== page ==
Report: Blue Jackets hope to pry Jeff Carter from Flyers; Would the rumored deal make sense?

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When people think of the Philadelphia Flyers, the one common missing ingredient has been a top-flight goalie. The Columbus Blue Jackets think they have that base covered with Steve Mason,* but they have a major shortage of something the Flyers hold in abundance: scoring centers.

Ever since Rick Nash emerged as the elite winger the Blue Jackets were hoping for, it seems like the team has been looking for a suitable center – or at least another dangerous winger – to ease some of the scoring burden. When they tried to fill that gap with expensive veterans (see: Fedorov, Sergei), those guys proved to be over the hill. Their two attempts to draft top-flight Russian wingers with Nick-like names (Nikolay Zherdev and Nikita Filatov) seemed to fail miserably as well, although Filatov probably deserves a few more years before he’s a dead-on bust.

They’ve had a bit more success when they swing for singles rather than home runs, though. Derick Brassard seems like a solid talent, but injuries and inconsistency will probably reduce him to a second line ceiling. R.J. Umberger scored 74 goals in his three seasons in Columbus, proving to be a serviceable center at a reasonable price.

Yet even with some solid options in support roles, the Blue Jackets still lack the “Robin” to Nash’s “Batman.” The Blue Jackets are hoping to make some big changes this off-season and the Flyers will need to make some space for Ilya Bryzgalov or another dependable goalie, so perhaps the latest Carter trade rumor could have some credence. Aaron Portzline reports that the Blue Jackets might try to pry Carter away from the Flyers for a fairly handsome package.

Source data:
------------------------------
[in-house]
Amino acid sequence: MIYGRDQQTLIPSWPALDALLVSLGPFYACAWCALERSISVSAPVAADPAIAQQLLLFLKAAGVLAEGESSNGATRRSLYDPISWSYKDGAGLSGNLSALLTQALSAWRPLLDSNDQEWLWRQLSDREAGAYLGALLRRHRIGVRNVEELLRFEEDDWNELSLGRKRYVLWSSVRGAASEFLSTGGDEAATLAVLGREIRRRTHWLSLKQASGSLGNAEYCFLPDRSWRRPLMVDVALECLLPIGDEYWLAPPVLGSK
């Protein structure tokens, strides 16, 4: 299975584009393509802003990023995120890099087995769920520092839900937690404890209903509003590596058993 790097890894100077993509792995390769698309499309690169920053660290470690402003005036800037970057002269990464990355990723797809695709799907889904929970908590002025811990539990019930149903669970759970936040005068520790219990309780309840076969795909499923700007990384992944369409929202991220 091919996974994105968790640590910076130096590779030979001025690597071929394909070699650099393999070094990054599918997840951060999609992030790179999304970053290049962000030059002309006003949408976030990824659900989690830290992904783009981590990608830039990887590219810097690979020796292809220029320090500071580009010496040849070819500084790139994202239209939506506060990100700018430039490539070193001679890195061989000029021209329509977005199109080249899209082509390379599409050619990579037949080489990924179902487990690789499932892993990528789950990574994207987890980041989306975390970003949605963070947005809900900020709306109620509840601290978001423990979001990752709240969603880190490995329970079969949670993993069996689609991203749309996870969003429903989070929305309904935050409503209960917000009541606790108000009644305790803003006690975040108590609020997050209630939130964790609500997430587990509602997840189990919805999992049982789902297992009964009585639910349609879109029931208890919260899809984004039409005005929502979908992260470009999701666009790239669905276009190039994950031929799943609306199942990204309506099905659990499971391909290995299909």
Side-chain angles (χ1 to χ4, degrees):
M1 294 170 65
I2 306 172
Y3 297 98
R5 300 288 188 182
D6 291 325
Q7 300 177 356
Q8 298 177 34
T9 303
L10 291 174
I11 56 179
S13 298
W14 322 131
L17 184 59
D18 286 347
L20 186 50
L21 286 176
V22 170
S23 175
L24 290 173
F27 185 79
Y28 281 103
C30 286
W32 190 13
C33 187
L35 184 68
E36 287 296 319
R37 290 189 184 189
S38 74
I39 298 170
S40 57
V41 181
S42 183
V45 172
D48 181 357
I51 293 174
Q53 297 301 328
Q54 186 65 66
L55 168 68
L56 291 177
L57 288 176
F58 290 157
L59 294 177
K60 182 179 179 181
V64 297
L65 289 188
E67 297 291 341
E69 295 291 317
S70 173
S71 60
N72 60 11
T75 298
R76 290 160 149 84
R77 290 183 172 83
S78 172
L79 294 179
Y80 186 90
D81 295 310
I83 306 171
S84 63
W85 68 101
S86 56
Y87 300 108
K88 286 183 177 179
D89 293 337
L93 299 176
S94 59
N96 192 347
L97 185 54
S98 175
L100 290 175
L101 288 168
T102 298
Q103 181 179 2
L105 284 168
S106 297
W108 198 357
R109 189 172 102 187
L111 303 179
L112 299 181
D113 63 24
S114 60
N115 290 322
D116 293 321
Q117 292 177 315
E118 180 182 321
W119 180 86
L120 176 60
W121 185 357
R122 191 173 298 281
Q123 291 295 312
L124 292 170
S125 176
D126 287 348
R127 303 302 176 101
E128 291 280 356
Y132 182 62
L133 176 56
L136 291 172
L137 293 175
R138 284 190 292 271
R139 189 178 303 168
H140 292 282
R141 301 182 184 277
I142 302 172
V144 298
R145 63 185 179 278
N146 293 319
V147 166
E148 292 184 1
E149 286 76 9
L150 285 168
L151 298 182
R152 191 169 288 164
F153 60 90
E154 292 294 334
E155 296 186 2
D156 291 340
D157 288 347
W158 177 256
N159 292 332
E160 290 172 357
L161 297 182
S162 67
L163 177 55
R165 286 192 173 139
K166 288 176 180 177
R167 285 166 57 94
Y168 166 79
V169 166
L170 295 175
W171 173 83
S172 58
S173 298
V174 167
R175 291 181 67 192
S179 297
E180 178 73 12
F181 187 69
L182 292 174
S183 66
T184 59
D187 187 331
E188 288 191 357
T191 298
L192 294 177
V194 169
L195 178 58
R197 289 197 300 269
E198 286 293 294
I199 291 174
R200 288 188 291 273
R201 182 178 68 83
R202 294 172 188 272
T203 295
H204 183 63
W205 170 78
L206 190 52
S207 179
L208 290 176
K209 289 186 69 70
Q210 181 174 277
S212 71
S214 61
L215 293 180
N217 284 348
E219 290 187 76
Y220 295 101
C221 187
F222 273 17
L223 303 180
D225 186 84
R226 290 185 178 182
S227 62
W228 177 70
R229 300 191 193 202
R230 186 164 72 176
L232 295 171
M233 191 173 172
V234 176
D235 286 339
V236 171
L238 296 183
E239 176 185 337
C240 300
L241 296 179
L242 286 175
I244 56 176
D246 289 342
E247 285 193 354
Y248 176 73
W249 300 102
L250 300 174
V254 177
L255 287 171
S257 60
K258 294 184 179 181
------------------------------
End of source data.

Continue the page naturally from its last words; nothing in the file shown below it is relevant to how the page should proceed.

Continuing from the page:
Multiple NHL sources have told The Dispatch that the Blue Jackets and Philadelphia Flyers have discussed a trade that would send Flyers center Jeff Carter, an All-Star in 2009, to Columbus for a top-six forward and the No. 8 overall pick in this year’s draft. That top-six forward, presumably, is 21-year-old Blue Jackets winger Jake Voracek, a restricted free agent.

Though it could occur sooner, it’s likely such a trade wouldn’t be completed until the first round of the entry draft is held on June 24 in St. Paul, Minn.

But the likelihood of the deal took a sizable step forward on Tuesday, when the Flyers acquired the rights to goaltender Ilya Bryzgalov from Phoenix.

The Flyers perspective

The Flyers would save some money and could also hope that Voracek would fill some of the void left by the probable departure of Ville Leino. Voracek could be the next Leino in many ways, too; he’s a talented specimen who hasn’t progressed as much as Blue Jackets brass would like but could conceivably generate more offense in Philly’s attacking system. He is a free agent just like Leino, but Voracek’s restricted status, younger age (he’s six years from the unrestricted mark of 27) and unproven results will make him easier to retain.

The draft pick works for both teams

The eight overall pick is a nice dangling carrot, as well, especially since it’s unlikely that the Flyers will receive a high draft choice anytime soon. The Blue Jackets can live with losing that pick because it’s a weaker draft and they haven’t had the greatest track record of making the right choices with their high-end picks anyway.

Carter isn’t perfect, but he makes sense for Columbus in many ways

Carter might not be the perfect fit for Nash since they’re both better at scoring goals than setting them up, but talented players typically learn how to make great music together. If they fail to co-exist, he could still be useful on a different line, forcing the opposition to pick their poison.

While Carter isn’t the most versatile player, he’s a proven goal scorer (115 goals in the last three seasons) and his cap hit is a very manageable $5.27 million. Sure, the 11-year term is risky, but he’s just 26 years old so Columbus would benefit from a nice amount of prime years from the sniper.